Thus, this engineer should only focus on structural work. Because he or she can’t confidently do the final 1% of work in other engineering fields. Even if this engineer thinks the work is very straightforward.
When you do unfamiliar work, that’s when problems start if you don’t have the right support team.
Important Note: this doesn’t mean you can’t grow your experience. Also, it doesn’t mean you can’t work on projects you’re new to.
You just need the appropriate support. This means you need to tackle unfamiliar projects with other engineers who have experience.
Key guidelines to follow
Project selection: don’t take on work you don’t have experience or education in. Even when the paycheck looks great, you can’t accept the work.
It’s no different than if you hired a plumber who says, “I’ll perfectly fix your pipes.” But soon, you realize he doesn’t know a thing about plumbing.
A week then passes after the plumber finished his work. Next thing you know, a pipe bursts underneath your home’s slab foundation.
This goes back to the 1% concept in engineering design.
Sign offs: never sign off on work you’re not an expert in. This includes any work you didn’t directly manage or work on.
Your signature carries a lot of weight and can mislead people. If you sign off on someone else’s work, people will assume you did the work. Or that you at least checked the work and blessed it.
As a result, they’ll think the work or design is safe and good to run with. Because again, you’re the professional who “should know everything.”
No different than a doctor who signs off on a prescription. Most people then don’t question the prescription. They just think the doctor knows better.
Thus, only sign off on segments of work you’ve reviewed and that meet all required standards.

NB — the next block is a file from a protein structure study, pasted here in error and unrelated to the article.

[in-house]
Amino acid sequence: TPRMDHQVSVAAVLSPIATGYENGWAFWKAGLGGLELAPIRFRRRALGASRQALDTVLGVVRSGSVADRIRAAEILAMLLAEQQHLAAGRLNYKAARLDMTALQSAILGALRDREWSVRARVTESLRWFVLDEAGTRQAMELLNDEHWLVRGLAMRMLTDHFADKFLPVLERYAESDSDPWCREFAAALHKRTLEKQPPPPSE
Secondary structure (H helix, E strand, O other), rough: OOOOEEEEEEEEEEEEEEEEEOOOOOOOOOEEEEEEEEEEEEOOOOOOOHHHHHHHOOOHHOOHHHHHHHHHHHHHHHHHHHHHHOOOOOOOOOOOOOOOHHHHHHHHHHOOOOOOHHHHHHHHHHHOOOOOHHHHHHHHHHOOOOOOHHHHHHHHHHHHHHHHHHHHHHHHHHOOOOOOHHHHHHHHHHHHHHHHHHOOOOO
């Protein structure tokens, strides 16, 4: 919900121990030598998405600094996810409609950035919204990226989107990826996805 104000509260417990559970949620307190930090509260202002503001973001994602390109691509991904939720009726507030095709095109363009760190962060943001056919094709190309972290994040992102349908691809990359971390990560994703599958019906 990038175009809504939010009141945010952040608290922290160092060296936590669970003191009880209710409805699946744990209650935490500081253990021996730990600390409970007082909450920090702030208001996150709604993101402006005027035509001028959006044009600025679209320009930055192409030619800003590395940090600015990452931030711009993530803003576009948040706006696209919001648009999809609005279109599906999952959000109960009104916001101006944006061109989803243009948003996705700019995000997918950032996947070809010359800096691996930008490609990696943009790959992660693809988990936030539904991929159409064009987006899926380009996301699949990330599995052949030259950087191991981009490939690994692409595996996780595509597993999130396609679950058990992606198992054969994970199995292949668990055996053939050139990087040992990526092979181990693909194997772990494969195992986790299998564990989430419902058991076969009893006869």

#4 Be honest and truthful
Honesty and remaining truthful should be staples in any line of work.
And in engineering, without these qualities, preventable failures would become more common.
Imagine a group of engineers who work on a single project. Each engineer also has different expertise.
Now, the lead engineer completes the entire design. But there’s a part of the design he’s not too fluent in.
As a result, the lead engineer asks engineer #2 to closely review this specific part of the design. This part of the design is in engineer #2’s field of expertise.
Engineer #2 is feeling lazy though and doesn’t properly review the design. He just loosely scans over it. He thinks the lead engineer probably did decent enough design work.
In other words, he doesn’t check any parts of the calculations. Also, he doesn’t check if the design meets all codes and standards.
The lead engineer then asks engineer #2, “how did the review go, did you have a chance to review everything I handed to you?”
Engineer #2 responds with, “of course, I reviewed everything closely. Everything looks great!”
The lead engineer then goes ahead and submits the design.
You see the problem here? This level of dishonesty and lack of care can lead to design failures.
Engineer #2 could have easily told the truth. But then he’d come off as lazy and undependable. So he tried to cover his tracks through dishonesty.
What I described is an internal dishonesty matter. There’s then another level, where the engineer lies to the public. Both matters are highly problematic.
Key guidelines to follow
Technical opinions: as a professional, people will run with your words. Thus, it’s important to only give technical responses in areas you’re an expert in. Also, only provide responses supported by facts.
As an example, you may think your opinion doesn’t matter much. Just like how you randomly spew who you think will win the Super Bowl.